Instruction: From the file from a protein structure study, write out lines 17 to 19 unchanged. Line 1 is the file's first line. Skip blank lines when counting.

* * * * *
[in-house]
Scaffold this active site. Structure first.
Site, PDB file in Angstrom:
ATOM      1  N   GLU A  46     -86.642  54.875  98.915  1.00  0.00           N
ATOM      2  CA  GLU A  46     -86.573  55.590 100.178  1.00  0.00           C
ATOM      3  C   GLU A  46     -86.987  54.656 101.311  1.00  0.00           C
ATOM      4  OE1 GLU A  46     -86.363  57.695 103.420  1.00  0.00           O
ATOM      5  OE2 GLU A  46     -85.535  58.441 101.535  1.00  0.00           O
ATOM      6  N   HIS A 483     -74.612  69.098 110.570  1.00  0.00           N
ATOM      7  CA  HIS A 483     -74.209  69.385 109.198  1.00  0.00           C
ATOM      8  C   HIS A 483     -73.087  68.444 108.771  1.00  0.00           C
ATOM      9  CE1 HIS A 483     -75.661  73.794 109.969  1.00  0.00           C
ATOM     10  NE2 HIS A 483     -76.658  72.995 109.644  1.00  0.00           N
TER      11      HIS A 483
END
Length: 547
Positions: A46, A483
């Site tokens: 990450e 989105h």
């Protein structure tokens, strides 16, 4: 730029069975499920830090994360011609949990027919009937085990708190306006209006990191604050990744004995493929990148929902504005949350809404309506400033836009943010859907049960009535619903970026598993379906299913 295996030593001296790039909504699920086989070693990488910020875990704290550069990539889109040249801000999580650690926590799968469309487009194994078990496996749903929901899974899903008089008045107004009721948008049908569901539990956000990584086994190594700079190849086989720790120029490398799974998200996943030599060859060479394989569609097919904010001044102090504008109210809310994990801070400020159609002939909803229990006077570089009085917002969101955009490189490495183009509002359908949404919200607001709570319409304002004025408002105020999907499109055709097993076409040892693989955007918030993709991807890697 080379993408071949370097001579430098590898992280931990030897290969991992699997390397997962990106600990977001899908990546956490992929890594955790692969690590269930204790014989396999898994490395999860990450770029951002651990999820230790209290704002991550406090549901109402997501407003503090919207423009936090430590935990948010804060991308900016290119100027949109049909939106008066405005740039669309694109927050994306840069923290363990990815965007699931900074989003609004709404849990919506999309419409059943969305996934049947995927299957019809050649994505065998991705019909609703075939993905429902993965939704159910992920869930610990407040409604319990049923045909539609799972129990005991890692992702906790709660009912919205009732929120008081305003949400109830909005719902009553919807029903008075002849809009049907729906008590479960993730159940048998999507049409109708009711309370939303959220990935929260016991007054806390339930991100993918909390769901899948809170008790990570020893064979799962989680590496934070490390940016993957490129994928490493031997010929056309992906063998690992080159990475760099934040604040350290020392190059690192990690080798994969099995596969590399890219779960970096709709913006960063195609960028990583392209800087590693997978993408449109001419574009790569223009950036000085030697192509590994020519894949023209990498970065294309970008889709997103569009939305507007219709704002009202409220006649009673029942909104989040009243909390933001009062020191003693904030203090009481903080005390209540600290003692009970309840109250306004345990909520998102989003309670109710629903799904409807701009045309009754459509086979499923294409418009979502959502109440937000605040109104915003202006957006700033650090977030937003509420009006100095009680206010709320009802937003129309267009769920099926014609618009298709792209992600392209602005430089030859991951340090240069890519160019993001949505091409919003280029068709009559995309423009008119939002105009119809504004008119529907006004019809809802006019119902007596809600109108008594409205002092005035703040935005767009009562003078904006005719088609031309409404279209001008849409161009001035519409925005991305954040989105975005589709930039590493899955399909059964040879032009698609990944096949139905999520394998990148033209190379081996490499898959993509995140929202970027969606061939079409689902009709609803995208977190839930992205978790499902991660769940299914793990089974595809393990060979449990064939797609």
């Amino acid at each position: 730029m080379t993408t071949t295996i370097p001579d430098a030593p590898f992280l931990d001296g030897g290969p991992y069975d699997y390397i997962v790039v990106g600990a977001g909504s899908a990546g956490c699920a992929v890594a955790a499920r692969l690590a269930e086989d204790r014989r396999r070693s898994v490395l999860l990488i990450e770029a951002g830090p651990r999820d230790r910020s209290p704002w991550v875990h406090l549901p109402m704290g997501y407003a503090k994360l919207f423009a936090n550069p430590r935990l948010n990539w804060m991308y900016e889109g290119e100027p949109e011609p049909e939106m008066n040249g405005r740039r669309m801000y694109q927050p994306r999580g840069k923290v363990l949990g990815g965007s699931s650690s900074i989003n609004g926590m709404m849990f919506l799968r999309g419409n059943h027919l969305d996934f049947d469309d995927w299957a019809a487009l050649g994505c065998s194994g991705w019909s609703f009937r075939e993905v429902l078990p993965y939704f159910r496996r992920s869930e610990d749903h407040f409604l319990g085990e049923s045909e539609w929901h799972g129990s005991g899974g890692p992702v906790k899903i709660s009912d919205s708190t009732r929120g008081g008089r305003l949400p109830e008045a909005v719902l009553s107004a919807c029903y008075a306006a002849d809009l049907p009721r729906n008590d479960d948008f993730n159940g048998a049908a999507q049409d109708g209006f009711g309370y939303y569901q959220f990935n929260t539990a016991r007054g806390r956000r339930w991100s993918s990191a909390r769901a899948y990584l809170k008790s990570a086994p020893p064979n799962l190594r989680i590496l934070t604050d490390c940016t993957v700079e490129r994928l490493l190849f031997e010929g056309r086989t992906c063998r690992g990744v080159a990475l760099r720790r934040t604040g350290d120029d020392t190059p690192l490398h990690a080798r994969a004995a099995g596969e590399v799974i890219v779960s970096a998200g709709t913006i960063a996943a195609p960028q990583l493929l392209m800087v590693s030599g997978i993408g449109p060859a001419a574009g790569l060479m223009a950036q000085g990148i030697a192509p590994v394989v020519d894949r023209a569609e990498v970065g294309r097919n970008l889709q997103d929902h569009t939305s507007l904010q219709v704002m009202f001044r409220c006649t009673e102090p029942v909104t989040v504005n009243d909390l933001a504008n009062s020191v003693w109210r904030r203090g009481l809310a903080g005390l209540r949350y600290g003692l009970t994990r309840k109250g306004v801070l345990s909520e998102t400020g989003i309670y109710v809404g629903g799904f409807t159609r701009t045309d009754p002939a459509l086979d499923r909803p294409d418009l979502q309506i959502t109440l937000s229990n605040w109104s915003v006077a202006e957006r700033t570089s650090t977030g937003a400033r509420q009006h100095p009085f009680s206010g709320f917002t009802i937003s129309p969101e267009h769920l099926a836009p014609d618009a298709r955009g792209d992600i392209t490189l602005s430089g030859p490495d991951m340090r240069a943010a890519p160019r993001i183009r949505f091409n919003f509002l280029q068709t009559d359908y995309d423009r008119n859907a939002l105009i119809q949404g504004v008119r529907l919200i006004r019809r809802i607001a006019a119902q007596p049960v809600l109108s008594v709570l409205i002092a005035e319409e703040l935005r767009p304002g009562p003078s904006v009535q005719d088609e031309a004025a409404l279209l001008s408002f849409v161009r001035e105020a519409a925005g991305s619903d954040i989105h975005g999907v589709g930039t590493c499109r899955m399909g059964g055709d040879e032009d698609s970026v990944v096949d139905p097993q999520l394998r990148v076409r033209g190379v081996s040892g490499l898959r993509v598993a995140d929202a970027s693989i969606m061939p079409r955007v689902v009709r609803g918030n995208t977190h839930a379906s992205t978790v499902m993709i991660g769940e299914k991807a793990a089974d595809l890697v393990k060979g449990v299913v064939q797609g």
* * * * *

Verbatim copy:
Positions: A46, A483
């Site tokens: 990450e 989105h």
């Protein structure tokens, strides 16, 4: 730029069975499920830090994360011609949990027919009937085990708190306006209006990191604050990744004995493929990148929902504005949350809404309506400033836009943010859907049960009535619903970026598993379906299913 295996030593001296790039909504699920086989070693990488910020875990704290550069990539889109040249801000999580650690926590799968469309487009194994078990496996749903929901899974899903008089008045107004009721948008049908569901539990956000990584086994190594700079190849086989720790120029490398799974998200996943030599060859060479394989569609097919904010001044102090504008109210809310994990801070400020159609002939909803229990006077570089009085917002969101955009490189490495183009509002359908949404919200607001709570319409304002004025408002105020999907499109055709097993076409040892693989955007918030993709991807890697 080379993408071949370097001579430098590898992280931990030897290969991992699997390397997962990106600990977001899908990546956490992929890594955790692969690590269930204790014989396999898994490395999860990450770029951002651990999820230790209290704002991550406090549901109402997501407003503090919207423009936090430590935990948010804060991308900016290119100027949109049909939106008066405005740039669309694109927050994306840069923290363990990815965007699931900074989003609004709404849990919506999309419409059943969305996934049947995927299957019809050649994505065998991705019909609703075939993905429902993965939704159910992920869930610990407040409604319990049923045909539609799972129990005991890692992702906790709660009912919205009732929120008081305003949400109830909005719902009553919807029903008075002849809009049907729906008590479960993730159940048998999507049409109708009711309370939303959220990935929260016991007054806390339930991100993918909390769901899948809170008790990570020893064979799962989680590496934070490390940016993957490129994928490493031997010929056309992906063998690992080159990475760099934040604040350290020392190059690192990690080798994969099995596969590399890219779960970096709709913006960063195609960028990583392209800087590693997978993408449109001419574009790569223009950036000085030697192509590994020519894949023209990498970065294309970008889709997103569009939305507007219709704002009202409220006649009673029942909104989040009243909390933001009062020191003693904030203090009481903080005390209540600290003692009970309840109250306004345990909520998102989003309670109710629903799904409807701009045309009754459509086979499923294409418009979502959502109440937000605040109104915003202006957006700033650090977030937003509420009006100095009680206010709320009802937003129309267009769920099926014609618009298709792209992600392209602005430089030859991951340090240069890519160019993001949505091409919003280029068709009559995309423009008119939002105009119809504004008119529907006004019809809802006019119902007596809600109108008594409205002092005035703040935005767009009562003078904006005719088609031309409404279209001008849409161009001035519409925005991305954040989105975005589709930039590493899955399909059964040879032009698609990944096949139905999520394998990148033209190379081996490499898959993509995140929202970027969606061939079409689902009709609803995208977190839930992205978790499902991660769940299914793990089974595809393990060979449990064939797609």